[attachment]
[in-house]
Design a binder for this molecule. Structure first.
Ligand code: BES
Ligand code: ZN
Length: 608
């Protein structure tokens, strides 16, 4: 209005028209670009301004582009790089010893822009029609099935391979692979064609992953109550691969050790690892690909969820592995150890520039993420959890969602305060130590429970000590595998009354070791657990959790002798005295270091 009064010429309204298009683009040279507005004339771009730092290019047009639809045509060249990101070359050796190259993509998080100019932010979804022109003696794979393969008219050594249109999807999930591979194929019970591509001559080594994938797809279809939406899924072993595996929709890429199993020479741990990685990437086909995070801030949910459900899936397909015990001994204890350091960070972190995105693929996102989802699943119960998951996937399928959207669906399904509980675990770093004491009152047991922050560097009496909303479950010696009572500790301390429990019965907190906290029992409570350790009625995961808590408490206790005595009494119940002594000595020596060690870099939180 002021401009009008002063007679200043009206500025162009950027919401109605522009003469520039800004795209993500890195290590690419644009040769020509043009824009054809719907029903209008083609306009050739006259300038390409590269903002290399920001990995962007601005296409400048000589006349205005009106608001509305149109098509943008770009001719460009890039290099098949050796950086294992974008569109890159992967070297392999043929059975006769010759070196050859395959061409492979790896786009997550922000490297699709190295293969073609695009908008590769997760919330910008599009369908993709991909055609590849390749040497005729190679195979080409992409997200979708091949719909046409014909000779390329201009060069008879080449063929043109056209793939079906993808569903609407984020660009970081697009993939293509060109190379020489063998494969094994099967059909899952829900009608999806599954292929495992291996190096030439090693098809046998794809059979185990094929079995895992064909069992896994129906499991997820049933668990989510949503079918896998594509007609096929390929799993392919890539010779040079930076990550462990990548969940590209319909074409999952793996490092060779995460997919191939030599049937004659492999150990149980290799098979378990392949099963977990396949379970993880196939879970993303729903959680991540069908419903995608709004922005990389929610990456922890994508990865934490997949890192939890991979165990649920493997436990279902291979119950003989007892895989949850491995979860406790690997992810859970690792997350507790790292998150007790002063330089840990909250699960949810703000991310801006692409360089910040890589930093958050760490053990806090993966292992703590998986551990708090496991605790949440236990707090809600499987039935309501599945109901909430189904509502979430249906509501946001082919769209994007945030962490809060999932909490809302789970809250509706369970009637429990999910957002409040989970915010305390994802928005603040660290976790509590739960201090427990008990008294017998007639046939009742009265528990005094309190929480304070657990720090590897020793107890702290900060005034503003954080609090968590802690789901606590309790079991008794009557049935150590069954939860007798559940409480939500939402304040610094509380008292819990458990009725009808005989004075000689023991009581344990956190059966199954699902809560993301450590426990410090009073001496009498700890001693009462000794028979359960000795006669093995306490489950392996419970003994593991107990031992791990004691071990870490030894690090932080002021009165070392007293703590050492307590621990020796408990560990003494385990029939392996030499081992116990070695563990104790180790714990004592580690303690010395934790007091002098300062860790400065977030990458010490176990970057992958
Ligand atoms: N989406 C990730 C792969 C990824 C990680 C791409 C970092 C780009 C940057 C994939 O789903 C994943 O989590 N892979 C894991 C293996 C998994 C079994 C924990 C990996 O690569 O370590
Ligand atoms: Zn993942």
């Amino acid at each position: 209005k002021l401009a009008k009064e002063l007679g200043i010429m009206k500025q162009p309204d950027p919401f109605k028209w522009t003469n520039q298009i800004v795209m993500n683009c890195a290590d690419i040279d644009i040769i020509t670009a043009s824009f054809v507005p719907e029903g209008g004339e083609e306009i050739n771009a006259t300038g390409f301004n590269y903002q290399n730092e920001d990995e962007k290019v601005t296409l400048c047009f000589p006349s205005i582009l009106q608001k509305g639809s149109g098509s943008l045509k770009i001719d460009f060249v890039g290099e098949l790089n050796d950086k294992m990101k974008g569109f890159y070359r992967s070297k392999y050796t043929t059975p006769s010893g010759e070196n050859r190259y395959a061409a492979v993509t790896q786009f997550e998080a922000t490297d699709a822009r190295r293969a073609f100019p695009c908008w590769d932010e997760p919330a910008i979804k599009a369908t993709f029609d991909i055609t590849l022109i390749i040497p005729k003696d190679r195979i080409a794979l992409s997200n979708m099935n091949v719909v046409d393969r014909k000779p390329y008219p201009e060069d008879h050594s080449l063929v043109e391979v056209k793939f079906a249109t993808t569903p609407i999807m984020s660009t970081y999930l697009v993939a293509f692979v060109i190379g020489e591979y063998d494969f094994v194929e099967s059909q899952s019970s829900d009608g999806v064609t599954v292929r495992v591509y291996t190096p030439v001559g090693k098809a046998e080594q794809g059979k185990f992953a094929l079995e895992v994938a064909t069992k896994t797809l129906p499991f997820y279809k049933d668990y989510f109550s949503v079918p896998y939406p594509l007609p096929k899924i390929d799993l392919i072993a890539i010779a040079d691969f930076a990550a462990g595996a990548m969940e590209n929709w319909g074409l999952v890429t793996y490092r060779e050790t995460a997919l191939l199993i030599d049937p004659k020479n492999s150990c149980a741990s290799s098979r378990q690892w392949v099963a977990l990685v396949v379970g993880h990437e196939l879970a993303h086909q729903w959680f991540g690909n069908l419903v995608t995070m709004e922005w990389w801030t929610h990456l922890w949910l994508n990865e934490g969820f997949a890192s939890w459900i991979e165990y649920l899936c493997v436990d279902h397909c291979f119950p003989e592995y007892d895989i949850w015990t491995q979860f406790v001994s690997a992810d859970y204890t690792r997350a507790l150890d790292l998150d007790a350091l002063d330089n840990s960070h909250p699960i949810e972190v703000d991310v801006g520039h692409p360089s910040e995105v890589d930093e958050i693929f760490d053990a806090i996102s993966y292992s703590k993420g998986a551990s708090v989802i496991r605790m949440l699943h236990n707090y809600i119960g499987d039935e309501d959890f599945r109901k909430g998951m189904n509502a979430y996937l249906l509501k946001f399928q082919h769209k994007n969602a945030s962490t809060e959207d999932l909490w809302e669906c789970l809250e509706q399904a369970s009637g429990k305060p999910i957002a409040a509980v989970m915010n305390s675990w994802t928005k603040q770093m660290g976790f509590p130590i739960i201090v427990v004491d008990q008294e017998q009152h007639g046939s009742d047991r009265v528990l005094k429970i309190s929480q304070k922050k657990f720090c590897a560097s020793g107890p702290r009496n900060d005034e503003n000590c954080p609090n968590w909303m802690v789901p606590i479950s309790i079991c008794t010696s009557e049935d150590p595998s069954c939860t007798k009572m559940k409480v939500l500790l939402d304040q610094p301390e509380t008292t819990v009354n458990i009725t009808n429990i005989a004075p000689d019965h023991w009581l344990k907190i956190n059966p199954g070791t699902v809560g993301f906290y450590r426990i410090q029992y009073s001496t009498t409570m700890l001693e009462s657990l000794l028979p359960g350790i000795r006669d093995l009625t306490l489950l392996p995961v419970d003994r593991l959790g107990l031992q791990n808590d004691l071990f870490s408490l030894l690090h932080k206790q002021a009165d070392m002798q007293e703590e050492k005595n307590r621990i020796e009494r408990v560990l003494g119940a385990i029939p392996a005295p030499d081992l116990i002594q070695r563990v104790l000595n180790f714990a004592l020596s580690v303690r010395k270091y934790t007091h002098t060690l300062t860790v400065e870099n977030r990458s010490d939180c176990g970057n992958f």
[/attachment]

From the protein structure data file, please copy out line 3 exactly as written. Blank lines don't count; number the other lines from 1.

Ligand code: BES